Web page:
When Lu Yu wrote his Cha Jing, the only season that really counted was spring. He deemed it much better than summer or fall teas. This made sense, because during the Tang dynasty, the tea was processed green and it was produced in Sichuan or Hubei.
But Oolong faces a different climate in more southern Taiwan. First, Oolong tea isn't entirely about freshness (like green tea). Its semi-oxidation and roasting add more complexity to its aromas. A great oolong taste is also defined by its smoothness/sweetness, energy and persistence of its aftertaste. And Taiwan's fall climate is quite warm and can be quite confusing.
November 7 was Li Dong, the start of winter according to the traditional Chinese lunar calendar. Today, the temperature was around 30 degrees Celcius around noon! (86 degrees Fahrenheit)! This summer-like weather isn't unusual. Tea leaves grow well with this kind of weather. That's why there is a winter season in the low elevation areas in the time around Li Dong (end of october/early November). The fall season happened around mid September in low elevations.
So, how come that my winter Da Yu Ling was harvested on September 14 ? Why isn't it considered a fall harvest when it's technically still summer until September 20? The reason is the different climate at 2300 meters elevation and 300 meters. In spring, the high mountain plantation are the last to be harvested, because the temperatures are colder longer and prevent the leaves from growing in early spring. At the end of the year, it's the opposite: the temperatures drop earlier in the mountains than in low elevations. Therefore, the leaves stop growing earlier than in lower elevations. So, since is their last harvest of the year, it's also called a 'winter' Oolong!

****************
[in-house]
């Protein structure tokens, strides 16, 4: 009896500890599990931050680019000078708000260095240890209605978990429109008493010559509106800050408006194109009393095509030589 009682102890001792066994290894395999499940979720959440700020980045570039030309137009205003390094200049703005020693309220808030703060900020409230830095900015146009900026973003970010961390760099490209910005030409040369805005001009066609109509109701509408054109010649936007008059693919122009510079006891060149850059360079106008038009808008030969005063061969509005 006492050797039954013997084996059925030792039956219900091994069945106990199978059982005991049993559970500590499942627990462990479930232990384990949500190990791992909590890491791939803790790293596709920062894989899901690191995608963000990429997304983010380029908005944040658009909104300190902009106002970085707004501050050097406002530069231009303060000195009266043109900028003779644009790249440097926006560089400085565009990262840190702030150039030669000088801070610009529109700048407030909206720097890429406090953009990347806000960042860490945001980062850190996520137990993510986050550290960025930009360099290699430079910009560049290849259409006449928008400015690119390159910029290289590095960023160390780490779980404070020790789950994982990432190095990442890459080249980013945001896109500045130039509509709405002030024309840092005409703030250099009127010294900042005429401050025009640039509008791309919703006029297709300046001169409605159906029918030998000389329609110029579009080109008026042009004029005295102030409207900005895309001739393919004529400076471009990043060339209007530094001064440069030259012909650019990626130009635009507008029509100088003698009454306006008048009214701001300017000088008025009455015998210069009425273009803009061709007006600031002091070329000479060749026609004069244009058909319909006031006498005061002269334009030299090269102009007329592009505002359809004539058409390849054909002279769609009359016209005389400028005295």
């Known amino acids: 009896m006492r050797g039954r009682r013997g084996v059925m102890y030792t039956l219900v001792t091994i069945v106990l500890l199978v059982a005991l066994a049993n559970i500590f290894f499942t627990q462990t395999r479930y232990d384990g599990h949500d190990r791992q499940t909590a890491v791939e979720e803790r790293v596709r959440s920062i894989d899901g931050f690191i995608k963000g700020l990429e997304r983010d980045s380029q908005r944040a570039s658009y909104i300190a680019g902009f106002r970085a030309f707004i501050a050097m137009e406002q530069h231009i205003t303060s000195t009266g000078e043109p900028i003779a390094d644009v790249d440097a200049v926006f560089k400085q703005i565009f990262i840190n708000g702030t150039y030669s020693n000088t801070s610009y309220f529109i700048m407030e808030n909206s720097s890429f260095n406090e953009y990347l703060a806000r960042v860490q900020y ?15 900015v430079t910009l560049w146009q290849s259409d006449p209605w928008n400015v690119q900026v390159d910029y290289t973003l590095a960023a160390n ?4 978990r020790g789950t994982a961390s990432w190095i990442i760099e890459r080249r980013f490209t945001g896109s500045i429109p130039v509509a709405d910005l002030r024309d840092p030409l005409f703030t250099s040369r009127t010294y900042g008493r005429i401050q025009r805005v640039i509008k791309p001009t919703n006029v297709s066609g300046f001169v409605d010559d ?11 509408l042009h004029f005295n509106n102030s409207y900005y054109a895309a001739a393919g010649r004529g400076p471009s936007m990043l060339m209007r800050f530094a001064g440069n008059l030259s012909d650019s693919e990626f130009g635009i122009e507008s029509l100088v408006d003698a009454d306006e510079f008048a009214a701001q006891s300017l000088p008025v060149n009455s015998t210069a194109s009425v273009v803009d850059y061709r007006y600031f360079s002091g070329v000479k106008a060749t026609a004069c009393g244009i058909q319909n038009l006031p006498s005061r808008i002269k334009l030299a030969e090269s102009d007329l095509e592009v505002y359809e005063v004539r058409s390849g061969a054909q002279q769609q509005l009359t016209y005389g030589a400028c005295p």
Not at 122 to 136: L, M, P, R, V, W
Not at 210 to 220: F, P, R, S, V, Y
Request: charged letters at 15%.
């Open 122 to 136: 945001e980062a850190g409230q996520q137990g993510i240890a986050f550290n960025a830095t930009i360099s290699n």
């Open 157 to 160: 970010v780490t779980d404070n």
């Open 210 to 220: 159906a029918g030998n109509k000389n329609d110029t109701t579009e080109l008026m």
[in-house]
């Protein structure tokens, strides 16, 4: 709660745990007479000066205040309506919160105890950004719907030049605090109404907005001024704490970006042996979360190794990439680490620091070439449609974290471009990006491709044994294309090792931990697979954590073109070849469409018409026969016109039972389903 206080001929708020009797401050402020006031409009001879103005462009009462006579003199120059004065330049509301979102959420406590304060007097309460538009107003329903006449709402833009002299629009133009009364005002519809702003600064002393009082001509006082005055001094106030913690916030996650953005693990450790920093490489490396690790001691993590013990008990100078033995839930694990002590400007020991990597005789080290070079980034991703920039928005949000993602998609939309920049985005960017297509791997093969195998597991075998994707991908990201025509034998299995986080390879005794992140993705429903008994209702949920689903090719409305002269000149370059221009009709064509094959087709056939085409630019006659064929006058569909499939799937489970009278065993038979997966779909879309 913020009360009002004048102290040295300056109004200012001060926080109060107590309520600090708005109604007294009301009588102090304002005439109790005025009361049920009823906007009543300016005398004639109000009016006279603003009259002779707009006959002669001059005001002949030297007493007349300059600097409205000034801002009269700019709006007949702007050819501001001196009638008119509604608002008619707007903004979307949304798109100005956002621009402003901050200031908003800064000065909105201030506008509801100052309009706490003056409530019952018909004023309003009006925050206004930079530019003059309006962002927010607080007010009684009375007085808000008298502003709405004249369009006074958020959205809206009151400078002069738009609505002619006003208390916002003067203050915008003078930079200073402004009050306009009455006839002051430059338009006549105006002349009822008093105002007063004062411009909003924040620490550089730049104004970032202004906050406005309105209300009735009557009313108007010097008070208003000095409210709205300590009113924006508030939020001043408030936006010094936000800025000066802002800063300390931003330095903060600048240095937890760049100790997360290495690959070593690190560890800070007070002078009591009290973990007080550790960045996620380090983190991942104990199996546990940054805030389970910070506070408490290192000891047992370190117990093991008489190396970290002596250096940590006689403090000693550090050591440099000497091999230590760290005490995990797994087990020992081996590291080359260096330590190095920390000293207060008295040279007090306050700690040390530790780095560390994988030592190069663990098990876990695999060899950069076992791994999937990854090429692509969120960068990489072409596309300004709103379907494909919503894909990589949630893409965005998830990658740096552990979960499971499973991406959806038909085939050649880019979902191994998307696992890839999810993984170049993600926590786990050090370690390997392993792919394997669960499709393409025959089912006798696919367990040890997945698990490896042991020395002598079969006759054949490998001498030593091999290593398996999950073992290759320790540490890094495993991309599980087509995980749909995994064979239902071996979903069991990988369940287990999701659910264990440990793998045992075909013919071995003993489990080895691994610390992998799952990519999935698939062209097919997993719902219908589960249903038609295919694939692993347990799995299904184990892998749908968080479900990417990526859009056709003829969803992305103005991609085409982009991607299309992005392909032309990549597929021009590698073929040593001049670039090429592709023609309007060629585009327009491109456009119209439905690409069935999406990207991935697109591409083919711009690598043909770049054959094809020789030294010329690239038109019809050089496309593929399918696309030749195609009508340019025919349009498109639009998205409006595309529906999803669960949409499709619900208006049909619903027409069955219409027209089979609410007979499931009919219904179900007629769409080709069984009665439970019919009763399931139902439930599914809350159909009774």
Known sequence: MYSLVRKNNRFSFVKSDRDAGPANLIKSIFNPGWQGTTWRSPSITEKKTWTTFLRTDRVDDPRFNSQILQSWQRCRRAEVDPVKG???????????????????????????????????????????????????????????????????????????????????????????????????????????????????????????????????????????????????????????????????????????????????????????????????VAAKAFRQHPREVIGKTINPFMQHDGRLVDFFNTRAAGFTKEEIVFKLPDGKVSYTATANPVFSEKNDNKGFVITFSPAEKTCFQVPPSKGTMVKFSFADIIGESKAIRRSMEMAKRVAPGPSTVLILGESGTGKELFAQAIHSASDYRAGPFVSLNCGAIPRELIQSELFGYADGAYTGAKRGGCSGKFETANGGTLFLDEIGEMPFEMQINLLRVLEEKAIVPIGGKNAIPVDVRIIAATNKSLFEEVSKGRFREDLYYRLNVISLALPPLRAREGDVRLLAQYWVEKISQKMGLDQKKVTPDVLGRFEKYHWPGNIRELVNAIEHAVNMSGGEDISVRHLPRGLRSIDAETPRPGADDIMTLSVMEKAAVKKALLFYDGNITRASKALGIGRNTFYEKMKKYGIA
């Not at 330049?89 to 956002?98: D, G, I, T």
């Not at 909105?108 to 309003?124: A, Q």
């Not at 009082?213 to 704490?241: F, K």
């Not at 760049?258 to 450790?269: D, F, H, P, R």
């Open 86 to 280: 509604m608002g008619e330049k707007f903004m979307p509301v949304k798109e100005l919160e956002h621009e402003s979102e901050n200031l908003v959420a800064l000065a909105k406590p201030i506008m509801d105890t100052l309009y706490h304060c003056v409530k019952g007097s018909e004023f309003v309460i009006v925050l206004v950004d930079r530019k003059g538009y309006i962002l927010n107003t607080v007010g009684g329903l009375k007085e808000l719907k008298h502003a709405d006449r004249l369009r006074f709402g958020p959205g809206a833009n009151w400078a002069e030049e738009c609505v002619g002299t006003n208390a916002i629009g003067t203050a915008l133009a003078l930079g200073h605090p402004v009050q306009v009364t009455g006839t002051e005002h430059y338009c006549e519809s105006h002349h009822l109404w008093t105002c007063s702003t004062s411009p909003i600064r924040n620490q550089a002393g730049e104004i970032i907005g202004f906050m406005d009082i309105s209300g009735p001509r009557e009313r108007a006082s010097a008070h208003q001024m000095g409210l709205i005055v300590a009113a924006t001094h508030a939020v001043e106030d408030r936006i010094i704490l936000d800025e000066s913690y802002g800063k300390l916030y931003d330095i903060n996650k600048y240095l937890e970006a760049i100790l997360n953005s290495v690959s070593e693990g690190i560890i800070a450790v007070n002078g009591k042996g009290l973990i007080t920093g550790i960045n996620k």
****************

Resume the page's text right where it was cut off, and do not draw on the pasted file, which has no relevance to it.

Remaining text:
(By the way, the winter Baozhongs have arrived. The quality is close to exceptional. You can check my selection and send me an e-mail to request my updated price list.)
My name is Stéphane Erler. I live in Taiwan since 1996 and have been studying tea with Teaparker. He's a worldwide tea expert and author of over 30 tea books. The study of tea isn't just theoretical, but it's also rooted in daily practice. It's a path of continuous improvement. As my brewing technique improves I get access to better teas and better accessories. These things go hand in hand. My blog documents my learning since 2004. And I have set up an online tea boutique with my selection of top quality teas, accessories and tea culture.